Homage to our Heritage
​​​​​​​The 'DIBBLE' Statues in the College

The College is fortunate to have three significant statues created by world renowned sculptor, Paul Dibble.  These were commissioned by the College Foundation and each unique piece has been designed to represent aspects of the college's culture. The scuptures also highlight the importance of the arts and cultural pursuits in the school.​​​​​​​

The most recent piece is a bronze and Corten steel, seven-piece sculpture  inspired by changing seasons, the various different kinds of arts and great artists both past and present.  A large heart signifying the school's motto Highways in the Heart - has the names of famous artists engraved in it.

The Good Man Window

The Good Man window was installed In 2007 as part of a full chapel refurbishment. The concept of the window had arisen from a project undertaken by the late Celia Lashlie in which she travelled around New Zealand encouraging boys’ schools to explore their understanding of masculinity and define what makes a “good man”.  Mr Graham Stewart from Christchurch was commissioned  by Rector Grant Lander to create five stained glass windows depicting the houses of the college and the school values as represented by “The Good Man”concept. The four men depicted in the window are Sir Edmund Hilary, Charles Upham,  Sir Ernest Rutherford and John Rangihau, each of whom is considered to represent different aspects of being a “good man”.

​​​​​​​The values depicted in the window echo the school’s core values of Respect, Integrity, Courage, Kindness, Service and Humility. 
" Past Rector Grant Lander said "The people selected for the window represent many of his own qualities - the things boys need to aspire to in future. The four men, representing qualities such as adventure, courage and humility, were chosen after consultation with the school's Parents and Friends Association, local iwi, pupils and staff."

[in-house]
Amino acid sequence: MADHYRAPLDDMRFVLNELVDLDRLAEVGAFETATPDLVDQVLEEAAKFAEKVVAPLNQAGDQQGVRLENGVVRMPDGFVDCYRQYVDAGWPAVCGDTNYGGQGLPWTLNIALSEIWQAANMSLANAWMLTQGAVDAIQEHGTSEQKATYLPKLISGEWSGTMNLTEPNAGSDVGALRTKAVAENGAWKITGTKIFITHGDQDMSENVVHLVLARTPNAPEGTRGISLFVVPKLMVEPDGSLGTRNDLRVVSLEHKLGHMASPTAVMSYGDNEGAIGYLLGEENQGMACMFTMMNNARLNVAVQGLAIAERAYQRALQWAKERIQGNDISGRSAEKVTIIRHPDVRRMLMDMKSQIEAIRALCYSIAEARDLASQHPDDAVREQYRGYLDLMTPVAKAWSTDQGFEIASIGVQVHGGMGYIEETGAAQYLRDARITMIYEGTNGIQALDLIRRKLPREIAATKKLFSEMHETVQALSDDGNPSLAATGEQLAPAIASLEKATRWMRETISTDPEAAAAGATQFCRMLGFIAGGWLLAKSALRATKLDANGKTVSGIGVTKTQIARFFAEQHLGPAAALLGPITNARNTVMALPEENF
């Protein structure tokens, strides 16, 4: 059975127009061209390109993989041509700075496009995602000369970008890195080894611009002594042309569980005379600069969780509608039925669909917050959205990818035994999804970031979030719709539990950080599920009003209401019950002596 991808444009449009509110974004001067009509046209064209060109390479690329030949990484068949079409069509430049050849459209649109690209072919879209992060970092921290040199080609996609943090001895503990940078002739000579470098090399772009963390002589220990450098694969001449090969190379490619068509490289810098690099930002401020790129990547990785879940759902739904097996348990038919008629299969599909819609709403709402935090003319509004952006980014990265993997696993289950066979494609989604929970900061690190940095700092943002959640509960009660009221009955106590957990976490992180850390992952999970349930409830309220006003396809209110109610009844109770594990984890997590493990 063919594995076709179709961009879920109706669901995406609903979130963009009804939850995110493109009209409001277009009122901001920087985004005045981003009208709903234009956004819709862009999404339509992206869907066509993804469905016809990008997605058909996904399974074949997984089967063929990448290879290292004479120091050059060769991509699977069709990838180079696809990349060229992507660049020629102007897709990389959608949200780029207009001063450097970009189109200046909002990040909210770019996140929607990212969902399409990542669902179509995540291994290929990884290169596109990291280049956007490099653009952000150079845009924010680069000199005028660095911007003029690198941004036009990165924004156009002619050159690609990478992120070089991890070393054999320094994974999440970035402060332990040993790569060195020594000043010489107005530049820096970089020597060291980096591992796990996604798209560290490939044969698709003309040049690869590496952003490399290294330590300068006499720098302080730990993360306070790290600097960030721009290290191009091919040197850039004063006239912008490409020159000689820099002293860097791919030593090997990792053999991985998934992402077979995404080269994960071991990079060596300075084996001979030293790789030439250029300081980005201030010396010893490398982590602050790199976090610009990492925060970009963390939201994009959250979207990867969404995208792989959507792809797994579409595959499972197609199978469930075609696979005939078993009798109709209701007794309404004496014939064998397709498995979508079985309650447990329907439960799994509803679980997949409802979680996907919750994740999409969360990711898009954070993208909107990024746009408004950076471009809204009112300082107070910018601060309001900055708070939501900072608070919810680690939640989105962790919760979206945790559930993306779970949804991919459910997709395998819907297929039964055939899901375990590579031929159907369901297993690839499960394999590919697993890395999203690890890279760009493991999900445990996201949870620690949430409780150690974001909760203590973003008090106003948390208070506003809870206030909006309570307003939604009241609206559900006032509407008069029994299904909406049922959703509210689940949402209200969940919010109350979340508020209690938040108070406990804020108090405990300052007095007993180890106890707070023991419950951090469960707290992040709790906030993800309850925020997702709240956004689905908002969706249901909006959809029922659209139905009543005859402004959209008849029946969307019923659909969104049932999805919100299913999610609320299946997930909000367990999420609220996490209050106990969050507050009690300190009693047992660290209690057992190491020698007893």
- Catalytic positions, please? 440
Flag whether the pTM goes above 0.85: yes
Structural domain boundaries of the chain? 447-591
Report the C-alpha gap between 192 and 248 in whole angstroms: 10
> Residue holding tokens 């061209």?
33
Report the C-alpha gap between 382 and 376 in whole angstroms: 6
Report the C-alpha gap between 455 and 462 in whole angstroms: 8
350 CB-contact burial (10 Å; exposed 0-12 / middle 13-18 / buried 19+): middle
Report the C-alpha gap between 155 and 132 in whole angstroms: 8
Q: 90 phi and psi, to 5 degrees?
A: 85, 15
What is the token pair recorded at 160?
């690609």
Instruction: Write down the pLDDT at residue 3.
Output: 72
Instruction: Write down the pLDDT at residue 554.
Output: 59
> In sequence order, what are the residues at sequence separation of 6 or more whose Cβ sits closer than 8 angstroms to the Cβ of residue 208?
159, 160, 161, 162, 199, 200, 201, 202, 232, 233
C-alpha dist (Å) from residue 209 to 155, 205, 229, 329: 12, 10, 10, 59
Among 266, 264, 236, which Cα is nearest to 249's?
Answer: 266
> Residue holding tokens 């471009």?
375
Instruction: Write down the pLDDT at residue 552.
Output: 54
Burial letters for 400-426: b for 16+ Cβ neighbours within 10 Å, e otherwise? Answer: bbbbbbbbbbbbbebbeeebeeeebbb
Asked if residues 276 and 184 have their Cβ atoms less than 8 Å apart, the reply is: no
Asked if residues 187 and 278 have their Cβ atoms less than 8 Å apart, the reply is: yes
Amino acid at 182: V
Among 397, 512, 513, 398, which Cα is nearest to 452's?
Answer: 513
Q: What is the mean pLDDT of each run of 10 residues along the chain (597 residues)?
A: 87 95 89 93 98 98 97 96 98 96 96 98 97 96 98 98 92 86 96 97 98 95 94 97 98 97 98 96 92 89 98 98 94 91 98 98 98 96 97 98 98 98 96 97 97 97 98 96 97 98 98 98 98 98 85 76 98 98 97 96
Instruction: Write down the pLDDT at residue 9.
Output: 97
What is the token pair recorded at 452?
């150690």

St Cuthbert is the most famous Bishop of Lindisfarne and became the patron saint of Lindisfarne.  He was the son of very humble parents and in early life he was a shepherd boy.  He lead a life of great sacrifice and his corpse became a religious relic believed to have healing properties.  As with Aidan House, Cuthbert House was established in the first year of the College’s existence, 1953.


St Oswald was restored to the throne of Northumbria after heathen occupation. He asked for missionaries from Iona to restore the Christian faith and one of those sent was St. Aidan. Oswald was  killed by pagan invaders at the battle of Maserfield and his body was dismembered.  Begun as a dayboy House, Oswald House was named as the third of Lindisfarne College’s four houses in 1974.


Durham Priory was home to a community of monks who looked after the shrine of St Cuthbert and cared for all the visitors and pilgrim to the shrine.  The monks were good stewards of the property and brought wealth, security, education and welfare to the region. The youngest of the four Houses at Lindisfarne College, Durham House began as a dayboy house in 1977.


​​​​​​​St Aidan was sent as a missionary from Iona and when asked by Oswald where he wanted to establish his church, he asked for the island of Lindisfarne within the sight of the King’s castle.  He became known for his evangelism and built churches and schools around Northumbria.  Aidan House was one of the two original Houses (with Cuthbert) established at Lindisfarne College in 1953.